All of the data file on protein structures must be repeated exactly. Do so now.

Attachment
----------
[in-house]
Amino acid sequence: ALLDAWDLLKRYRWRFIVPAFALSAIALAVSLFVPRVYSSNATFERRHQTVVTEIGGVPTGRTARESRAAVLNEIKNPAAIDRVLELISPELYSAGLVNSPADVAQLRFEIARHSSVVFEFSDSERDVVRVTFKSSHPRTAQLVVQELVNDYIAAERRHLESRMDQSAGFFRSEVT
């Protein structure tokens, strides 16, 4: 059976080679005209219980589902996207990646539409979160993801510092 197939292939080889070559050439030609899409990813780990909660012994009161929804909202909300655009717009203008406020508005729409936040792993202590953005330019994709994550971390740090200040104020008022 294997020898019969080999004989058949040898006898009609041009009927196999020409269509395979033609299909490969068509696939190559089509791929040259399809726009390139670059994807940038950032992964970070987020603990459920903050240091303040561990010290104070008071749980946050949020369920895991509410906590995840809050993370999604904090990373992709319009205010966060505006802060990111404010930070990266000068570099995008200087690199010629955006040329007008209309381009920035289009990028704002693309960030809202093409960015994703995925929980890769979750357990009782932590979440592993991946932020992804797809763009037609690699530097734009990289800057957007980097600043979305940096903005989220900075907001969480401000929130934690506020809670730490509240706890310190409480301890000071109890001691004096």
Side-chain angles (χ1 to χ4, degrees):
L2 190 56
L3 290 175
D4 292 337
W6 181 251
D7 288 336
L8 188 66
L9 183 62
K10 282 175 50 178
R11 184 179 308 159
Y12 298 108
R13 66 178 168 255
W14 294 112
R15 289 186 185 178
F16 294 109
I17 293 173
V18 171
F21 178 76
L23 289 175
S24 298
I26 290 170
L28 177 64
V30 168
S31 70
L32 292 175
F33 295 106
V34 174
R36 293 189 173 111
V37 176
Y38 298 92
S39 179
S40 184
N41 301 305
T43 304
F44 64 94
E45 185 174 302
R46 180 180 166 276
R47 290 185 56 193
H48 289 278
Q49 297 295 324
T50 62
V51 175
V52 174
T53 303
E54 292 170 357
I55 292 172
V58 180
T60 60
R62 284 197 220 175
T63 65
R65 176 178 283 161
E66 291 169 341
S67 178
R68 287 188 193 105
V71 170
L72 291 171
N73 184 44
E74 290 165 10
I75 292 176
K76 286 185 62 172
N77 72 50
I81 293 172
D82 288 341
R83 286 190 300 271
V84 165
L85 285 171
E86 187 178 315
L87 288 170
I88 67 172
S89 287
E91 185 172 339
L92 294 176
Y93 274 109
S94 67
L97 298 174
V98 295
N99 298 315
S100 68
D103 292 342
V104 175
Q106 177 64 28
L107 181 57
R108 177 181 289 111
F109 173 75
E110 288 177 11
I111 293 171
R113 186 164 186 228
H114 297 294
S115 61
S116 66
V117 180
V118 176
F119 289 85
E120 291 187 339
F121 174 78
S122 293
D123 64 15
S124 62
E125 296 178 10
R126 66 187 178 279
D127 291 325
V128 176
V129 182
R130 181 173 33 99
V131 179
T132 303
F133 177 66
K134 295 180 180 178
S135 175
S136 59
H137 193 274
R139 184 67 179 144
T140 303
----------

[in-house]
Amino acid sequence: ALLDAWDLLKRYRWRFIVPAFALSAIALAVSLFVPRVYSSNATFERRHQTVVTEIGGVPTGRTARESRAAVLNEIKNPAAIDRVLELISPELYSAGLVNSPADVAQLRFEIARHSSVVFEFSDSERDVVRVTFKSSHPRTAQLVVQELVNDYIAAERRHLESRMDQSAGFFRSEVT
């Protein structure tokens, strides 16, 4: 059976080679005209219980589902996207990646539409979160993801510092 197939292939080889070559050439030609899409990813780990909660012994009161929804909202909300655009717009203008406020508005729409936040792993202590953005330019994709994550971390740090200040104020008022 294997020898019969080999004989058949040898006898009609041009009927196999020409269509395979033609299909490969068509696939190559089509791929040259399809726009390139670059994807940038950032992964970070987020603990459920903050240091303040561990010290104070008071749980946050949020369920895991509410906590995840809050993370999604904090990373992709319009205010966060505006802060990111404010930070990266000068570099995008200087690199010629955006040329007008209309381009920035289009990028704002693309960030809202093409960015994703995925929980890769979750357990009782932590979440592993991946932020992804797809763009037609690699530097734009990289800057957007980097600043979305940096903005989220900075907001969480401000929130934690506020809670730490509240706890310190409480301890000071109890001691004096």
Side-chain angles (χ1 to χ4, degrees):
L2 190 56
L3 290 175
D4 292 337
W6 181 251
D7 288 336
L8 188 66
L9 183 62
K10 282 175 50 178
R11 184 179 308 159
Y12 298 108
R13 66 178 168 255
W14 294 112
R15 289 186 185 178
F16 294 109
I17 293 173
V18 171
F21 178 76
L23 289 175
S24 298
I26 290 170
L28 177 64
V30 168
S31 70
L32 292 175
F33 295 106
V34 174
R36 293 189 173 111
V37 176
Y38 298 92
S39 179
S40 184
N41 301 305
T43 304
F44 64 94
E45 185 174 302
R46 180 180 166 276
R47 290 185 56 193
H48 289 278
Q49 297 295 324
T50 62
V51 175
V52 174
T53 303
E54 292 170 357
I55 292 172
V58 180
T60 60
R62 284 197 220 175
T63 65
R65 176 178 283 161
E66 291 169 341
S67 178
R68 287 188 193 105
V71 170
L72 291 171
N73 184 44
E74 290 165 10
I75 292 176
K76 286 185 62 172
N77 72 50
I81 293 172
D82 288 341
R83 286 190 300 271
V84 165
L85 285 171
E86 187 178 315
L87 288 170
I88 67 172
S89 287
E91 185 172 339
L92 294 176
Y93 274 109
S94 67
L97 298 174
V98 295
N99 298 315
S100 68
D103 292 342
V104 175
Q106 177 64 28
L107 181 57
R108 177 181 289 111
F109 173 75
E110 288 177 11
I111 293 171
R113 186 164 186 228
H114 297 294
S115 61
S116 66
V117 180
V118 176
F119 289 85
E120 291 187 339
F121 174 78
S122 293
D123 64 15
S124 62
E125 296 178 10
R126 66 187 178 279
D127 291 325
V128 176
V129 182
R130 181 173 33 99
V131 179
T132 303
F133 177 66
K134 295 180 180 178
S135 175
S136 59
H137 193 274
R139 184 67 179 144
T140 303